Publishing arm aims to satisfy regulators on EMI acquisition
Moving to ensure its bid for EMI Music’s publishing holdings, a group of investors led by Sony/ATV has offered concessions to the European Union to get approval for the pending $2.2 billion deal, the EU’s competition regulator said Tuesday.
The European Commission’s announcement closely followed a Financial Times story, published late Monday, which said that Universal Music Group plans to sell three large music publishing catalogs – an offloading of assets doubtlessly tied to UMG’s $1.9 billion bid for EMI’s label assets.
The EC has now extended the first phase of its consideration of the EMI publishing sale to April 19.
The European Commission did not specify about the concessions offered by Sony/ATV, Sony Music Entertainment’s publishing arm, and its investor partners. However, they could include the sale of certain units or a commitment to change certain business practices.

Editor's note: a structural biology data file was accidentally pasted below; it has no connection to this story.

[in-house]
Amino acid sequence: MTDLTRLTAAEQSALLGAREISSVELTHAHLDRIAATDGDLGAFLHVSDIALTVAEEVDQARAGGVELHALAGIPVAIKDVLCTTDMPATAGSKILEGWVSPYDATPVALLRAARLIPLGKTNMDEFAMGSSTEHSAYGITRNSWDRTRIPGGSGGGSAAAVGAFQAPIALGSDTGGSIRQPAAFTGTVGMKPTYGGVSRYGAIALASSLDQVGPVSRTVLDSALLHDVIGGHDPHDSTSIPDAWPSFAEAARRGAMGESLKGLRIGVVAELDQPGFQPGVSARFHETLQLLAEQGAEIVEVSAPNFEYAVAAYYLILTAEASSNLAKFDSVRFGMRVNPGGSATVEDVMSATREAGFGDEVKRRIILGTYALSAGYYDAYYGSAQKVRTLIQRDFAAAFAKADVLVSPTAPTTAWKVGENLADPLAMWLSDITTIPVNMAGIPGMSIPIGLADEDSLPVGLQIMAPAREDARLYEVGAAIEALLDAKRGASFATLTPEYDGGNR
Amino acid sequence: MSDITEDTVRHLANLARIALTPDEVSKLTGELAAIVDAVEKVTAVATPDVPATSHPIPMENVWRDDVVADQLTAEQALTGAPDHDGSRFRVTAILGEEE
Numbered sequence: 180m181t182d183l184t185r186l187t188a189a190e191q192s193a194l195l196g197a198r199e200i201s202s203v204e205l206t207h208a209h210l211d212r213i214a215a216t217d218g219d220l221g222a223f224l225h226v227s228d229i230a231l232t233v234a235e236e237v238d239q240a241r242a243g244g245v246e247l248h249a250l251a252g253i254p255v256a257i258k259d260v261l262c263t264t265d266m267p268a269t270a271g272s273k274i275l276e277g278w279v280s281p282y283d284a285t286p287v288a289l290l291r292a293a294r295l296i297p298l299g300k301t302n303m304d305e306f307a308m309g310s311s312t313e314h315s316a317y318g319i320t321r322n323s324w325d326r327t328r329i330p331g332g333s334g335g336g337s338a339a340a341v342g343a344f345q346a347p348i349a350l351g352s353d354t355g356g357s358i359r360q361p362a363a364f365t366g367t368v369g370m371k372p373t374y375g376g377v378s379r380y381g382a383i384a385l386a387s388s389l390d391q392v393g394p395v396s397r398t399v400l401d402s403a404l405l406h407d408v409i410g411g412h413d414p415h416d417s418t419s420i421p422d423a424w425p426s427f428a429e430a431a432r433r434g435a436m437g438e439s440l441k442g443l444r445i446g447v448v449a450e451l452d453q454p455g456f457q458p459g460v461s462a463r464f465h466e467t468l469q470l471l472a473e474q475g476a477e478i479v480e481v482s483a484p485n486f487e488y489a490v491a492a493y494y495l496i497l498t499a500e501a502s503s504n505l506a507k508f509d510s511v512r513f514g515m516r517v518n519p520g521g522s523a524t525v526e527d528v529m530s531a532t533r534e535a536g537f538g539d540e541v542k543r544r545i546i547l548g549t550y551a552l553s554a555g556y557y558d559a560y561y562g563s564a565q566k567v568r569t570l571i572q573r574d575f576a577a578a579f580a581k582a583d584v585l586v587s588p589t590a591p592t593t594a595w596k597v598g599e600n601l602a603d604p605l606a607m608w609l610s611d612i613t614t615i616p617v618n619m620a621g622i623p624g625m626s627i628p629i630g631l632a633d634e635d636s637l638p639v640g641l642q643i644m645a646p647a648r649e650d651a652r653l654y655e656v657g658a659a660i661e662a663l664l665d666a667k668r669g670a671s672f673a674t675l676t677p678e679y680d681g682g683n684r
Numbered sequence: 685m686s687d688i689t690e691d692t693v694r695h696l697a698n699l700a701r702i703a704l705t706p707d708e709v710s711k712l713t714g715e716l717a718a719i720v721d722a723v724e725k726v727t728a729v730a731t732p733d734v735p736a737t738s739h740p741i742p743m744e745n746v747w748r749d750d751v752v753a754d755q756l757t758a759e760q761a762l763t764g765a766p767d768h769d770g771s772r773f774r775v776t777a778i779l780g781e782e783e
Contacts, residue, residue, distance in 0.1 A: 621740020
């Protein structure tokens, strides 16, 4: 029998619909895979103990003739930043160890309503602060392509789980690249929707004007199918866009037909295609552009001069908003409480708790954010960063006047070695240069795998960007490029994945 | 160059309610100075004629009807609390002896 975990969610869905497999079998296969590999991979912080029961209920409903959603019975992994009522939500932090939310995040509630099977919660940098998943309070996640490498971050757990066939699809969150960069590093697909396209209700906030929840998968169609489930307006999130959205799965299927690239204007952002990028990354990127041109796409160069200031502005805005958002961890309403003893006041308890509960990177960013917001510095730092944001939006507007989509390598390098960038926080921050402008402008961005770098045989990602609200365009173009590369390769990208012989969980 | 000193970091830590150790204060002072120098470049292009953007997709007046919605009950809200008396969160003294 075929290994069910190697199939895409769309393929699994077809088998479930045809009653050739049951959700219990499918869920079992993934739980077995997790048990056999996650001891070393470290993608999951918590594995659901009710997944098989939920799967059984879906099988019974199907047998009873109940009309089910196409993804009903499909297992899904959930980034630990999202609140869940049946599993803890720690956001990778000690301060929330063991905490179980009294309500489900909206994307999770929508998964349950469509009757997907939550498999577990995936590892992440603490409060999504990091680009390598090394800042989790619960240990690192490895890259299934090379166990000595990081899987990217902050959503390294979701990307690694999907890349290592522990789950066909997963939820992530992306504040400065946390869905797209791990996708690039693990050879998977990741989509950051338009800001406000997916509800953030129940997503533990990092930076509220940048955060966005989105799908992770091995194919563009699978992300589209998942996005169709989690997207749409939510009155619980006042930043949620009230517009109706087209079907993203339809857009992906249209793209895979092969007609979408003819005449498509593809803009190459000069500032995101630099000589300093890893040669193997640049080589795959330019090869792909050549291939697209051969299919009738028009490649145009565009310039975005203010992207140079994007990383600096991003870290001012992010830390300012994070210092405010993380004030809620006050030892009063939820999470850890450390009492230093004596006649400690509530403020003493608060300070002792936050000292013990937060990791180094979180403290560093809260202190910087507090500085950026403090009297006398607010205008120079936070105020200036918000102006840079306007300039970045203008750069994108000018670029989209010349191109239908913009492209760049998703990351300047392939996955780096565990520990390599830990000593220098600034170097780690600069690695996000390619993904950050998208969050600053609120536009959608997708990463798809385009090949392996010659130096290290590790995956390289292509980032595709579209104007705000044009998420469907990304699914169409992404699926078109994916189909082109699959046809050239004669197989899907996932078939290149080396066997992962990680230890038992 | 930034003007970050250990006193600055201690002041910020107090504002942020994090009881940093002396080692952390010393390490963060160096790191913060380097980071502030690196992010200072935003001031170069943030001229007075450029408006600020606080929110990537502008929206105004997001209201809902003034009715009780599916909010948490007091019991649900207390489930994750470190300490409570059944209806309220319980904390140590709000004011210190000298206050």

According to unnamed sources cited by the Financial Times, UMG plans to sell its classical music catalog (including works by Ravel and Puccini); its Christian music unit Brentwood Benson; and Koch, a specialist in German schlager music. Collectively, the transactions were estimated at $200 million.
Last week, the European Commission’s investigation of the proposed sell-off of EMI’s label side to UMG began its second phase (Daily Variety, March 26). Acknowledging anti-competitive concerns, regulators set Aug. 8 as the deadline for a final decision.
It has long been assumed that both UMG and the Sony/ATV-led group would have to make major divestments to satisfy European regulators. The European independent music trade group IMPALA has been vocal in its opposition to the UMG-EMI deal.
The Federal Trade Commission is investigating the EMI purchases here.
The Associated Press contributed to this story.